Zhang passed this information about the horses to Wudi upon his return to Changan in 125BC. These excellent horses were then used to transform the Han cavalry.

When General Huo waged battle against the Xiongnu in 121BC, he had everything. He had the brains, fearlessness, plus the "heavenly horses". This was a formidable combination, and the result was a smashing of the Xiongnu.

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Bhchao:

During all those military expeditions launched in the Han Dynasties, most of the time fate dictated who is the winner and loser.

Considering that the Han military didn't have GPS to guide their direction, had almost practically no logistical support and got to finish the mission with a definite period and limited manpower, the mission of finding the wandering Xiong Nu in the great steppes beyond the Gobi was almost a mission impossible.

There was another General Li -- Li Guang -- who wasted all their time in searching the enemy and got worn out.

But luck was always with General Huo. He could always search the main component of his enemy in his missions.

I thought General Huo might be even a greater leader than Alexander since the latter had not crossed a great swathe of desert like Huo did.

Huo was definitely a winner in history except that he died young.

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I consider Kublai Khan a Chinese emperor but not Genghis Khan.

There are several reasons that I do so:

(1) Kublai Khan established a dynasty based on traditional Chinese format but Genghis Khan hadn't (The dynasty title "Yuan" was adopted from I-Ching);

(2) The lingua franca and the language used in court/official documents was Han Chinese during Kublai Khan's reign (and the subsequent Yuan Emperors);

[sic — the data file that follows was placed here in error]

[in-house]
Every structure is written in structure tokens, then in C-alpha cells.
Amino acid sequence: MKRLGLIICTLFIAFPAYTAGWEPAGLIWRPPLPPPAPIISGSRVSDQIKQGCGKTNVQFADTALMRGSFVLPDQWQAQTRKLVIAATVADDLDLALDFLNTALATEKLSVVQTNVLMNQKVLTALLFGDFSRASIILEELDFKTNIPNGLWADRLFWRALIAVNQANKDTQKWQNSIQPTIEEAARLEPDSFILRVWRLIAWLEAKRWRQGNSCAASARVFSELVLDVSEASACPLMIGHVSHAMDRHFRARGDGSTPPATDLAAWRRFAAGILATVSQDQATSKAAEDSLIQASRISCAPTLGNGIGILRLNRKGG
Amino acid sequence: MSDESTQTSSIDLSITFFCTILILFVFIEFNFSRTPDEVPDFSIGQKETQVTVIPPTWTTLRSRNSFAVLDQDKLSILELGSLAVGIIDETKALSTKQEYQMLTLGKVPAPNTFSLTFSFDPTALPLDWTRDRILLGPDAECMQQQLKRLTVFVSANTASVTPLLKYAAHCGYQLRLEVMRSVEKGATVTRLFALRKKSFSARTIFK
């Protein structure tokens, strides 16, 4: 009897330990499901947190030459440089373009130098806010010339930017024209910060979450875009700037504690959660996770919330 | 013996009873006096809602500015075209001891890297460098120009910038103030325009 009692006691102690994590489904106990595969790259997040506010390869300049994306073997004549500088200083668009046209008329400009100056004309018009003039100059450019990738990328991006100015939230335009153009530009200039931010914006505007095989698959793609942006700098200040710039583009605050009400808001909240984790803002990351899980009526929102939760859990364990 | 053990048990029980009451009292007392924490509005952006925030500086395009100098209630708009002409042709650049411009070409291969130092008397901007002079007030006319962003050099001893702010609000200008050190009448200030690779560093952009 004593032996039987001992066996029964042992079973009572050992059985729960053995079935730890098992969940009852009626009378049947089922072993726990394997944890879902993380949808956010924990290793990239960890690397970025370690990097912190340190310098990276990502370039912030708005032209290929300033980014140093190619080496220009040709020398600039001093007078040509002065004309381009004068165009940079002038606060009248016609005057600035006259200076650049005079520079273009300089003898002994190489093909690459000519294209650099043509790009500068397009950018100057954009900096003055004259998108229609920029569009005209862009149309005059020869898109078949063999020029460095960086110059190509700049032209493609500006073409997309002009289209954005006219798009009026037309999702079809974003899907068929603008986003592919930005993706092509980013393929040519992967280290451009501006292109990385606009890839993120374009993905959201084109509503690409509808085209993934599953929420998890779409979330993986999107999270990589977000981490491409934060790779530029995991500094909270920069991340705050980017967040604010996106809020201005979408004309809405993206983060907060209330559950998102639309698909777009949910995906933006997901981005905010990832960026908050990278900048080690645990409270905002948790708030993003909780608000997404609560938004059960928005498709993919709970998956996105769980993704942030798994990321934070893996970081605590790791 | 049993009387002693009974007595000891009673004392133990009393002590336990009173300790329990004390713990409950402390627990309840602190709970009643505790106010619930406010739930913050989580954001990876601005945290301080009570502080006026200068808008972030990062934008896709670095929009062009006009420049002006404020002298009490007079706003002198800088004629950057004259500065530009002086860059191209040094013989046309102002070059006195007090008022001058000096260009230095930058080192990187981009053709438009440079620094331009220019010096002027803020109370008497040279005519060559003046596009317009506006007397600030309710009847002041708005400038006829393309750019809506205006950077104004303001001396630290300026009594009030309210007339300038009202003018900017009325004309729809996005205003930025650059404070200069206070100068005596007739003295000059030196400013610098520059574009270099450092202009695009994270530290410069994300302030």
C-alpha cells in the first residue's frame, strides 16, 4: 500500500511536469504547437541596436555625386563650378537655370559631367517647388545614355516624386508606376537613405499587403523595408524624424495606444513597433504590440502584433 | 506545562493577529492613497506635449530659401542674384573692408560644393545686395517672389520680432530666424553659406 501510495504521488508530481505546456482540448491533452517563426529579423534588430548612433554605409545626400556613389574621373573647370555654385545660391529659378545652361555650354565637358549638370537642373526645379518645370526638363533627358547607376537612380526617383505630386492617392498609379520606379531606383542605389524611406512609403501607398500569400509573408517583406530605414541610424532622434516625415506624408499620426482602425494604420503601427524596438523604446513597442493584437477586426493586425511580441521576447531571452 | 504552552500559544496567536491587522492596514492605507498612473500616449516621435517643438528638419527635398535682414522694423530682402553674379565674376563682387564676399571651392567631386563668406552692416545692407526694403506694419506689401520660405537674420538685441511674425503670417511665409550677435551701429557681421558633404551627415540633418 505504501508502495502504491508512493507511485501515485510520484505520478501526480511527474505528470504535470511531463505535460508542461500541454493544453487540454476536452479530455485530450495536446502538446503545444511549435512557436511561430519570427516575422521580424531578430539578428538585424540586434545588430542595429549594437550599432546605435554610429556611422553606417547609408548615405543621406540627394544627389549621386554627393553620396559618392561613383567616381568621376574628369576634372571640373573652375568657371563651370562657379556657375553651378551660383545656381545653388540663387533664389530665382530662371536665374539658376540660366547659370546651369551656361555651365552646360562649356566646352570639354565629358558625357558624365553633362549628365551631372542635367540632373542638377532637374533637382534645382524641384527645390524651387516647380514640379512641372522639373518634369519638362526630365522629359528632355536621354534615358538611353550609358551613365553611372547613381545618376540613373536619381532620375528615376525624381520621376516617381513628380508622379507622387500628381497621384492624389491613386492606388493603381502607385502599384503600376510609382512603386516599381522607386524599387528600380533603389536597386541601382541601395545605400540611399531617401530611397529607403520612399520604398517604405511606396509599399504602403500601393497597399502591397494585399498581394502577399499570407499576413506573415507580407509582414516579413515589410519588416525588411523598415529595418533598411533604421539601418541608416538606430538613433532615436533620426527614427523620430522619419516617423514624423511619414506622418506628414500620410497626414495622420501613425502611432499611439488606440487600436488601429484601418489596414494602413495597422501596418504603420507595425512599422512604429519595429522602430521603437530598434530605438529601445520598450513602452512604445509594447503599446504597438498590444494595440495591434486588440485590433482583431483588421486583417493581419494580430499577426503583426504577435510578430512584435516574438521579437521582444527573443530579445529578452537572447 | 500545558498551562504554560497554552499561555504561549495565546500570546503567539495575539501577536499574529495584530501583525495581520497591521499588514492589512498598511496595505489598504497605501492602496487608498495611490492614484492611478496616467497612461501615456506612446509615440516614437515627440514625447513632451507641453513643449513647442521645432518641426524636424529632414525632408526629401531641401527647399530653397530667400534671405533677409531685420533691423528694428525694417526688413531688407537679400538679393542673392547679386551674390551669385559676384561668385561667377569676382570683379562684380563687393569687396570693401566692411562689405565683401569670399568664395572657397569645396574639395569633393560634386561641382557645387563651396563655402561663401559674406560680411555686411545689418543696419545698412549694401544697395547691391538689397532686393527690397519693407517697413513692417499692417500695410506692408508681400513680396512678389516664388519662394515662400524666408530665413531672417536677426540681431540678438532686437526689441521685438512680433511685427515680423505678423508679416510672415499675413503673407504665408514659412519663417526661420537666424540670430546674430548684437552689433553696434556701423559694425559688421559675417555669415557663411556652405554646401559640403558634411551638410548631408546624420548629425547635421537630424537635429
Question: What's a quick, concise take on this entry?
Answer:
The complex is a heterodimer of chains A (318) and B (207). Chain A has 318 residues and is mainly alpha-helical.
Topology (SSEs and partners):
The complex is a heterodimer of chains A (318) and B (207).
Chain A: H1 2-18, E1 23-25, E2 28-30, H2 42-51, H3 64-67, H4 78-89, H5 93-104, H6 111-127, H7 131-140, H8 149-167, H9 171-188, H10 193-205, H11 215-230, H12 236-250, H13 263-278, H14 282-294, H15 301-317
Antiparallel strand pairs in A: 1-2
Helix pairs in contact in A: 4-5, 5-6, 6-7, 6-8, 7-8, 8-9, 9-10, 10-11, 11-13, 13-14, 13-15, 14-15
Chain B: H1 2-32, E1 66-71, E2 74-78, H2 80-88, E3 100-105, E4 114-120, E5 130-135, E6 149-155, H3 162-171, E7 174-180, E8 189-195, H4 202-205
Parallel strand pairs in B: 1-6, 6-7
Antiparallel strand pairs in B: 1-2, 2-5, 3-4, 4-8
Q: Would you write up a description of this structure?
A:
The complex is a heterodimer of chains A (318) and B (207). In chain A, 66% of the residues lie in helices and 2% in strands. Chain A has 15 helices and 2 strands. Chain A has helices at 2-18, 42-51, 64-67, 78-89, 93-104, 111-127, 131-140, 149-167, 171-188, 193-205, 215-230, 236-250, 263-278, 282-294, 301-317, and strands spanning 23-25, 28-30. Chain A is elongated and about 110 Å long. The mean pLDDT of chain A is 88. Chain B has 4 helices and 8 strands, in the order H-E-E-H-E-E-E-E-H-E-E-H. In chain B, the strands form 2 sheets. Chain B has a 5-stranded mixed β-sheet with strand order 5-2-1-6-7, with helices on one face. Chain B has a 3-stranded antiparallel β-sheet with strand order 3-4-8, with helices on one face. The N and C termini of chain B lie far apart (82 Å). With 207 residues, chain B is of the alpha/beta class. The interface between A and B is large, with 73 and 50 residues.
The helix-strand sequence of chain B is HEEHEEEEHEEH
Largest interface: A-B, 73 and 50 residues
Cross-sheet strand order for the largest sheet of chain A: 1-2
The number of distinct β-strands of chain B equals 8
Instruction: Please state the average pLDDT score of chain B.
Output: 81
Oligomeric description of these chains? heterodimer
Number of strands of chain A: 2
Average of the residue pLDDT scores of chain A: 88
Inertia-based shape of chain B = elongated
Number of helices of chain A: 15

(3) The people and land ruled by Kublai Khan more or less overlapped with current China.

But for the other three Khanates that straddled across Central Asia and Europe, they lacked the above attributes. So I don't consider them Chinese dynasties.

Technically speaking, it is correct that Mongol is a Chinese ethnicity (In PRC term, it is "nationality"). Mongols live in Mongolian Republic, Buryat Republic (Russia), Kazakhstan and China. However, the bulk of them live inside China.

So it is is right that Mongol is a Chinese ethnic group just like saying African is an American ethnic group.

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Apologize for my hasty and unclear posting Yonglan.

You are right the Many Mongols may not see themselves as Chinese nowadays in Mongolia according to contemporary geography and politics.

Ian Lee's posts are much more complete it's true that there is still a lot of Mongolians living in Inner Mongolia of modern China today.

Inner Mongolia is one of the autonomous regions in China.

Ian's way of describing Mongolian as one of the ethnic group in China is indeed better.

Yes, indeed.

Genghis Khan's time was not Chinese time but true Mongol empire.

He defeated China and conquered much of the world.

A great conqueror. Nomadic people, but highly strategic and efficiently organized who totally scared some of the so called much more advanced people at the time--including the Han Chinese.

I am learning. A lot of interesting info. I am actually a bit surprised on this site.

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Yes, obviously Mongolians live in China, just as Chinese, Russians, and a number of other ethnic groups live in Mongolia. In Korea, there are ethnic Chinese. I am not aware of a country without minority ethnicities in it.

I was talking about political rather than ethnic matters. I was alluding to the fact that Inner Mongolia was part of Mongolia and post 1949 has been settled by Han Chinese by the Chinese government. Do the Mongolians there want to be "Chinese"? Nobody knows.

Although I realize it is not popular, I wish China to be subjected to the same historical scrutiny that other countries are. Thus far it seems that it generally has not been. It often seems historians don't want to do this. I'm not really sure why this is. But much of the writing on historical and current China seem to brush these questions aside, which is not commonly done with other countries.

I am interested in hearing anyone's thoughts on this subject.

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Historically and geographically there are many differences between the people in Inner Mongolia and Mongolian Republic.

The banners in Inner Mongolia, like Chahar Mongols, were the first to make alliances with the Manchus even before the Manchus established the Qing Dynasty in 1644.

Most of these Mongol princes arranged marriage with the Manchu imperial families generation after generation. They settled down in Beijing and their fates were interwined.